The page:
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Monday, July 13, 2015

Mixed Housing

At The Pittsburgh Post-Gazette, Mark Roth writes that local developers are building a complex that will house autistic adults along with non-autistic residents.
The Dave Wright Apartments will feature 42 one- and two-bedroom apartments, including six for physically disabled people, on the site of the former Wright’s Seafood restaurant in Heidelberg. About half the units are expected to go to higher functioning autistic adults who can live independently and hold a job, said Elliot Frank, president of the Autism Housing Development Corp. of Pittsburgh, which is building the complex along with ACTION-Housing Inc.
Mr. Frank said he expects the apartments, which received an innovation design award from the Pennsylvania Housing Finance Agency, to open in the fall of 2016. Financed under a federal law that provides affordable housing, the rents will range from $575 to $800 a month, and a single resident will not be able to earn more than $28,000 a year, he said.
While this project may be the first that mixes autistic and non-autistic adults, it is part of a recent movement to create affordable housing projects that put various special needs groups alongside typical renters. One ACTION-Housing project being developed in Bloomfield will house disabled veterans alongside regular renters, and another in Uptown combines typical renters with residents with hearing and vision disabilities, said Larry Swanson, executive director of ACTION-Housing.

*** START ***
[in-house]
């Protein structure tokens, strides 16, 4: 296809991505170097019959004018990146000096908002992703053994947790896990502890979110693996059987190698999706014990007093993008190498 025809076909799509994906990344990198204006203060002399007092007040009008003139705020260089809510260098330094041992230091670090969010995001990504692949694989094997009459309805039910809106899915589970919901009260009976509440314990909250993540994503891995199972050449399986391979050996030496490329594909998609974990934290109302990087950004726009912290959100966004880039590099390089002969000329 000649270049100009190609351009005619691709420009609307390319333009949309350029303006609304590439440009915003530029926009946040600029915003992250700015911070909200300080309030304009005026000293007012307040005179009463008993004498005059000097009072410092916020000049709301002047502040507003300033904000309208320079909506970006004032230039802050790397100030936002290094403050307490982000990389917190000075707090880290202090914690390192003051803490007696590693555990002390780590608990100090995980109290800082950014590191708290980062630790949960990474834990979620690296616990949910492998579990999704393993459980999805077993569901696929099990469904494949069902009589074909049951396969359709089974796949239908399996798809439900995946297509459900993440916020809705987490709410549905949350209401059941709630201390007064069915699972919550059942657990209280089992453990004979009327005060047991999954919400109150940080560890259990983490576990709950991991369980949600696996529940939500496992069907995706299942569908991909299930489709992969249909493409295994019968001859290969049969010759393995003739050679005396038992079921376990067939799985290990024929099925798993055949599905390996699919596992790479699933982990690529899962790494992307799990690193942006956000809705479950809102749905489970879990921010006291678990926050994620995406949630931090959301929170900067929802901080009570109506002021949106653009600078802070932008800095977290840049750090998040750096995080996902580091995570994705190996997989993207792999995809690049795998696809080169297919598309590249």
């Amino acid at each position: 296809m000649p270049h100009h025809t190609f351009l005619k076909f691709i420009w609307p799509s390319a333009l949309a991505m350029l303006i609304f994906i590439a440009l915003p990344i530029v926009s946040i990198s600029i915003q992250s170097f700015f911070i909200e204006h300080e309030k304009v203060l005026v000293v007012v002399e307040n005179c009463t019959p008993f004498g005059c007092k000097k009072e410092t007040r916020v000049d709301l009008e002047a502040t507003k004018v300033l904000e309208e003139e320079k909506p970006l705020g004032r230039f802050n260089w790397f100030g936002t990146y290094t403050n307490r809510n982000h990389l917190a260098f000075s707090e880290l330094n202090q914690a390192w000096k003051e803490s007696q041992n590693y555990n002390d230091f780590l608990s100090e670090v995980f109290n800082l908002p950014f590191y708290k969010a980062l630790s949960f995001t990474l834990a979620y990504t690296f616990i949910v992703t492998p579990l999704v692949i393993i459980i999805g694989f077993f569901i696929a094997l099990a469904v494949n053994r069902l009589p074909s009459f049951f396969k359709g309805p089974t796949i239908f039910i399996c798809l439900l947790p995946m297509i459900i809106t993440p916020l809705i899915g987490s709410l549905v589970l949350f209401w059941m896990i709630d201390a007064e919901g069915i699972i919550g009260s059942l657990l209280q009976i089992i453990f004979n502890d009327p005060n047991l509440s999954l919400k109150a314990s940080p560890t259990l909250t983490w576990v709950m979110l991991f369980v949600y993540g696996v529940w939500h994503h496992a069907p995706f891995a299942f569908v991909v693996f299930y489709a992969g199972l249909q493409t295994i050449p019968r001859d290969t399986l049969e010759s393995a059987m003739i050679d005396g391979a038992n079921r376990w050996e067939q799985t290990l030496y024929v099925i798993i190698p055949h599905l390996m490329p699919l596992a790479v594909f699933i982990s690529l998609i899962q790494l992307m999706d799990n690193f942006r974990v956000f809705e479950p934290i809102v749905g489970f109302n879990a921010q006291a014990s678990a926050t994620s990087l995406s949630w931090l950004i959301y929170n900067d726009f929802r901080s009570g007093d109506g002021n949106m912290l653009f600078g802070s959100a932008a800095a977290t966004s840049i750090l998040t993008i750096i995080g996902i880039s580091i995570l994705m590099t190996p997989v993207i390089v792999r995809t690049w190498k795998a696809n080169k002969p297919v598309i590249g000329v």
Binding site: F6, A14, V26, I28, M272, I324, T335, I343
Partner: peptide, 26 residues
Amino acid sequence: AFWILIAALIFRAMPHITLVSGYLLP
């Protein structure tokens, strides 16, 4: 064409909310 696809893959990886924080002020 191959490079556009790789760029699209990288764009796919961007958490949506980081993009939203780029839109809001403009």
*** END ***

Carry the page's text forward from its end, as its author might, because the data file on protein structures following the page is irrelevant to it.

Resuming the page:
The Heidelberg project grew out of a conversation a few years ago between Mr. Frank and Roy Diamond, an affordable housing developer in Philadelphia. Both of them have sons with autism, Mr. Frank recalled, and “we said to ourselves, once they’re grown up, where do they live? So we said, ‘Let’s do affordable housing for them so we can complete the puzzle for them on how to live independent, affordable lives.’ ”
Financing for the $13 million project is coming through the Pennsylvania Housing Finance Agency. Under the IRS code used for such projects, banks get $1 in direct tax credits for every dollar provided, and PNC is contributing $11.5 million of the financing. The rest is coming from Allegheny County.